You’re telling me that by using an app, you can stay in a complete strangers house, but you can’t grab a beer with some people in a city? ‘Get outta here!’ (that New Yorker again 😄)

4. Why is your team the one to do it?

Me — I’ve long been a connector of people through activities, partly because I’ve always felt a bit awkward meeting people any other way: drinks / parties (I’ve organized more parties and nights out than is probably… healthy), sport (organized/recruited basketball teams, started an indoor football league in Amsterdam, that’s been going for 9 years), startup ping pong tournaments (& ridiculous videos to promote them), thrown dinner parties with only new people (code named ‘dinner with a random’), hosted startup founder stories with The Startup Grind Team.

Our Team — I go on a lot about how our team is so diverse and from 5 different continents. But it matters. We’ve all lived abroad, we’ve all traveled a lot, had a lot of different life experiences, we all like to meet new people… we all like to party. We’re all solving our own problem. How many other startups can truly say that?

Our Community — not officially part of the team, but there’s no doubt that our community of passionate users gives us an unfair advantage, by spreading the word, being ambassadors for the brand, creating events and generally being awesome!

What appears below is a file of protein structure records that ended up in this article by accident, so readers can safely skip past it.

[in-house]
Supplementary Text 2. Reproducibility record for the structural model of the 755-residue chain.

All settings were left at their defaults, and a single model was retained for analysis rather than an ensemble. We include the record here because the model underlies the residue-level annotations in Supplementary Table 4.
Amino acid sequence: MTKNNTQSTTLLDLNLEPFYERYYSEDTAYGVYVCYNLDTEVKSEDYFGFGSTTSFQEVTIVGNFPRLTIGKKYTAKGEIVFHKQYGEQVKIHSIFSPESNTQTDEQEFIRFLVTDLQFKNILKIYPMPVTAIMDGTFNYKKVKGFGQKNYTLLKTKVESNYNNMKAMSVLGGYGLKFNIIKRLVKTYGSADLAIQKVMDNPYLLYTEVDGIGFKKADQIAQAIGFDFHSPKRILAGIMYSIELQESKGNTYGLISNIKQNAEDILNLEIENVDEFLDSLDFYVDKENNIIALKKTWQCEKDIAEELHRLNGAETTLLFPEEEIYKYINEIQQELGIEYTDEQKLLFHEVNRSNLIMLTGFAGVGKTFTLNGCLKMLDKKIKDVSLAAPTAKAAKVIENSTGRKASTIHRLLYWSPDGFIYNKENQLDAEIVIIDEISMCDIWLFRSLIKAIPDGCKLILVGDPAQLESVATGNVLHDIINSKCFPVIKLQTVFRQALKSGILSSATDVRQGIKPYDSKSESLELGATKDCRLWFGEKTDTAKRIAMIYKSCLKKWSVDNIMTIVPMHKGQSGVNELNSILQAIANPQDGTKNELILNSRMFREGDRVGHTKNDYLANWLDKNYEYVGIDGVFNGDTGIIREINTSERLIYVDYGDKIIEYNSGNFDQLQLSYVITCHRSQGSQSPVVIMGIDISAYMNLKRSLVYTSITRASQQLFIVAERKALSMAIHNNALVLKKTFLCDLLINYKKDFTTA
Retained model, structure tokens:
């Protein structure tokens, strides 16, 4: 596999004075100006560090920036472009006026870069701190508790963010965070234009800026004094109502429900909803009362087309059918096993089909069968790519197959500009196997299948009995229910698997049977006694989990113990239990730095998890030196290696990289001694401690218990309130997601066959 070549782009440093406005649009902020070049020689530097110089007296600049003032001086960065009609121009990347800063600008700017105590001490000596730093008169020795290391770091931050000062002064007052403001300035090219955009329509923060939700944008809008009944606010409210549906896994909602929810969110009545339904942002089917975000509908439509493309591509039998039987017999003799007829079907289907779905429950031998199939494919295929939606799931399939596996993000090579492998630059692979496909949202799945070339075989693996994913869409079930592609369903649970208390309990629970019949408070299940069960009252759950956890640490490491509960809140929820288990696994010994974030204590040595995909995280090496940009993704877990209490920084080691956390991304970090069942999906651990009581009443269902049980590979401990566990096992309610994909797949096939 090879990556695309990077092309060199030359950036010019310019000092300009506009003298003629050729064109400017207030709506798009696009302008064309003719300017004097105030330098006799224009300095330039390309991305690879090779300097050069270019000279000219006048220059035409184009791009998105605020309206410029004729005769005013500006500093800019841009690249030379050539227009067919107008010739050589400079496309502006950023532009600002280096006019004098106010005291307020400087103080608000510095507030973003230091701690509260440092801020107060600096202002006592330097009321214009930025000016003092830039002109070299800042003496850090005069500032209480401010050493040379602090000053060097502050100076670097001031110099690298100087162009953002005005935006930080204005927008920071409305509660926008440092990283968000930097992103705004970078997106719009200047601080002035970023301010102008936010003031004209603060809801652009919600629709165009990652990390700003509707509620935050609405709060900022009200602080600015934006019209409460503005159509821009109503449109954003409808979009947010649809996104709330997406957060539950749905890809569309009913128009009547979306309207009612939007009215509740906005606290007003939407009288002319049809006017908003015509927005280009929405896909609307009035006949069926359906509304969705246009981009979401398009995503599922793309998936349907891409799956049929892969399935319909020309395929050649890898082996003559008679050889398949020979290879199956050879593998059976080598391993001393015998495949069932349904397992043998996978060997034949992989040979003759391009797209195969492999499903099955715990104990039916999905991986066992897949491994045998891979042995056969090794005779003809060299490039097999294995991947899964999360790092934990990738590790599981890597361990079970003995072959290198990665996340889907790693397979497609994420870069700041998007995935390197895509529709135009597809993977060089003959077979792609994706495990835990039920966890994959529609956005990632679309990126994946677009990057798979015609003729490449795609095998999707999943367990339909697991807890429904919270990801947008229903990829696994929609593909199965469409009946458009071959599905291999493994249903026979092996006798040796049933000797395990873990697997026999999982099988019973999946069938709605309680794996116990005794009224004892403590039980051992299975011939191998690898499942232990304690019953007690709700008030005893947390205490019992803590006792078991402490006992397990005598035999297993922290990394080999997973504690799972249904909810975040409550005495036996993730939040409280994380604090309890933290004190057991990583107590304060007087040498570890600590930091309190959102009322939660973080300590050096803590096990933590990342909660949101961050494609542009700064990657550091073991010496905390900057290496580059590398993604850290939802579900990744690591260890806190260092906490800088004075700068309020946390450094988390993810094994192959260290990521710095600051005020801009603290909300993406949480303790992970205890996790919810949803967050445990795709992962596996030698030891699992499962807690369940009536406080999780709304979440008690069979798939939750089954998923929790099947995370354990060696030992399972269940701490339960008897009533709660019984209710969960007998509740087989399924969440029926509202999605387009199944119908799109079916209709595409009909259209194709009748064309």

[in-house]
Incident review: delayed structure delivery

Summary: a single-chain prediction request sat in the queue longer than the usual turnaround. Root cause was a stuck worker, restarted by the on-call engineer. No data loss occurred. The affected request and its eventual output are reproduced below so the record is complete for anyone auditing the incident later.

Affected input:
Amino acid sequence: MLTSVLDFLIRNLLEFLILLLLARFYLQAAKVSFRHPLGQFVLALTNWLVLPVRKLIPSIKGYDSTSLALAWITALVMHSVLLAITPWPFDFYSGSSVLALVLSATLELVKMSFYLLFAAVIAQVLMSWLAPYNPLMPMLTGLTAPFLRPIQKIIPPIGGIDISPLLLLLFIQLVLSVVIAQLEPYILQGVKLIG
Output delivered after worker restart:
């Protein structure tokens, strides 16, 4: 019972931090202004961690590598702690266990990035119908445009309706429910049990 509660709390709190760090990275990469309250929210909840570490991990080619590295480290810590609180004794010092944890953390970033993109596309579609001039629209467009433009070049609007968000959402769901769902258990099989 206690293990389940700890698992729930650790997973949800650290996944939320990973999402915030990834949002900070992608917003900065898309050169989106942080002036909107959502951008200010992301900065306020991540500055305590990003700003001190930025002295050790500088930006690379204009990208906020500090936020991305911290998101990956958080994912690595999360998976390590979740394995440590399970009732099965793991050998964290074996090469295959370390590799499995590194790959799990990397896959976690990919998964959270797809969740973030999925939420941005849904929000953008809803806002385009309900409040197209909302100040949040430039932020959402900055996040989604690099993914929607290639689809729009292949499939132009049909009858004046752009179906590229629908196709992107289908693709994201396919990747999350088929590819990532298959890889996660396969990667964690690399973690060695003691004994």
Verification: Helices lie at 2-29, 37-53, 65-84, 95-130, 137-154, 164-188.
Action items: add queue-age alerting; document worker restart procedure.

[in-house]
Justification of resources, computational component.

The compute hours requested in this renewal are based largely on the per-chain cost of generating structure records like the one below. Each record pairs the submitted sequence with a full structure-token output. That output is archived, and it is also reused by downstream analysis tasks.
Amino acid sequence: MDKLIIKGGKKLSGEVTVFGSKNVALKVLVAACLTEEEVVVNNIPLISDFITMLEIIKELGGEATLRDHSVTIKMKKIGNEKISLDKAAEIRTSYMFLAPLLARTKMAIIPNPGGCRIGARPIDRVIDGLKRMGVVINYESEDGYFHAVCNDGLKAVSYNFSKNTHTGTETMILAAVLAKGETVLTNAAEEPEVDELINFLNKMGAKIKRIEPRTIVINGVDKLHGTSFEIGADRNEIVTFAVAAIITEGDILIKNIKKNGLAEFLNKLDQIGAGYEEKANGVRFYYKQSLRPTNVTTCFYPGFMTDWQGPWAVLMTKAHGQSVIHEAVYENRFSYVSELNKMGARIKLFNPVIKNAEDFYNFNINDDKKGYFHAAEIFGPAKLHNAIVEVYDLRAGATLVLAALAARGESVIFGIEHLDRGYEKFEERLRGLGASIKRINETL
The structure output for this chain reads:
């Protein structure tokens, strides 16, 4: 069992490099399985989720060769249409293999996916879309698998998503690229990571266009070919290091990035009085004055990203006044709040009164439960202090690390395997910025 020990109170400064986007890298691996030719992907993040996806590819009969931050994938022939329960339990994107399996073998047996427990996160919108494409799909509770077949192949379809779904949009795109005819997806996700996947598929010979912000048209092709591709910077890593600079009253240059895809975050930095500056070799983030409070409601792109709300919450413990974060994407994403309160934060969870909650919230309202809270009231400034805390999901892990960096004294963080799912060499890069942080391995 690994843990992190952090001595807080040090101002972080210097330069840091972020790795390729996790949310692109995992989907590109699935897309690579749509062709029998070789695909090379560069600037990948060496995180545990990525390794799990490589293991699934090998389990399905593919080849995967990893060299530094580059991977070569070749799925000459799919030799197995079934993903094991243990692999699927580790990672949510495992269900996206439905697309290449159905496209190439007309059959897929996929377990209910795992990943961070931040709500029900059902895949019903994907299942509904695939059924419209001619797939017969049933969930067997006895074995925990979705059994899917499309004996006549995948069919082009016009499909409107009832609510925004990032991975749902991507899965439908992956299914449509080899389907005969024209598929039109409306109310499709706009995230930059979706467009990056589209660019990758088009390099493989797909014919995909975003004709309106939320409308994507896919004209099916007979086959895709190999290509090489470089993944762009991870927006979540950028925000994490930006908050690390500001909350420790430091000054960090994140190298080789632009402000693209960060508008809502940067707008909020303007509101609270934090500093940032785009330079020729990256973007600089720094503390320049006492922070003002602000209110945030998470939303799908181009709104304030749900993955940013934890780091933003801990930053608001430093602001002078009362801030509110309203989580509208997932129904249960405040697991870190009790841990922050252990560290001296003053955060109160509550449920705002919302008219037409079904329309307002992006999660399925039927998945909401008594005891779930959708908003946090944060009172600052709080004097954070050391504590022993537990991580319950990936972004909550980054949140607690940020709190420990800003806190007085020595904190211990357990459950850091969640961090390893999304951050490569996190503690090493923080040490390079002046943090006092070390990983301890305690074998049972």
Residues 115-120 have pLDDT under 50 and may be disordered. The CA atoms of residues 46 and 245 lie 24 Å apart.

5. Why isn’t everyone already working on this?

Platforms that connect new people are pretty easy to dismiss as ‘nope, not gonna work’. No one thought online dating would work 10 years ago. Airbnb — no way!

Startups have tried in other ways to connect people (not for dating). But swiping for friends… really? But connecting people over interests, events and activities, and starting in a niche (nightlife), is how our approach is different.

6. Why does this platform get more powerful over time?

More people to connect and meet up with, more events to join (all added by the community) — we have over 150 upcoming events, in the next 2 months in Amsterdam, all added by our community.

7. Why will you do this better than a bigger tech platform company?

Facebook switching from: online connections with people you already know, to: offline connections with people you don’t know yet, would be a pretty big shift. Instagram, Snapchat — they’re focused ever more on online connections, addicting and glueing people to their devices, not about connecting people offline. Google and social… Google+, enough said.

8. Why Should I Invest in Your Startup?

Someone is going to crack the ‘meet new people’ in real-life (not for dating) space, make it mainstream, and it’s going to be absolutely massive — the next really big social platform even. As well as a windfall financial return for investors, more importantly it will make the world a better place — truly more ‘connected’, and less divided. That’s a ‘Why?’ worth betting on… isn’t it?

With our organic traction, a diverse and passionate team all solving their own problem (who’ve been working on it together for 2+ years) I believe we’re as well placed than anyone for us to be the ones who do it. We’re driven tenacious, scrappy, creating for our users, and learning as we go…we’re gonna to do it (or die trying… on the inside)!

Let me know what you think of my ‘Why’! I’m hoping it resonates with people — my team, our community of users, my family, friends, investors, advisors, and other people who can believe in the same dream, and help us make it a reality.

‘Clap it up, cos that’s the real shit right there!’ — inner New Yorker, signing off 😜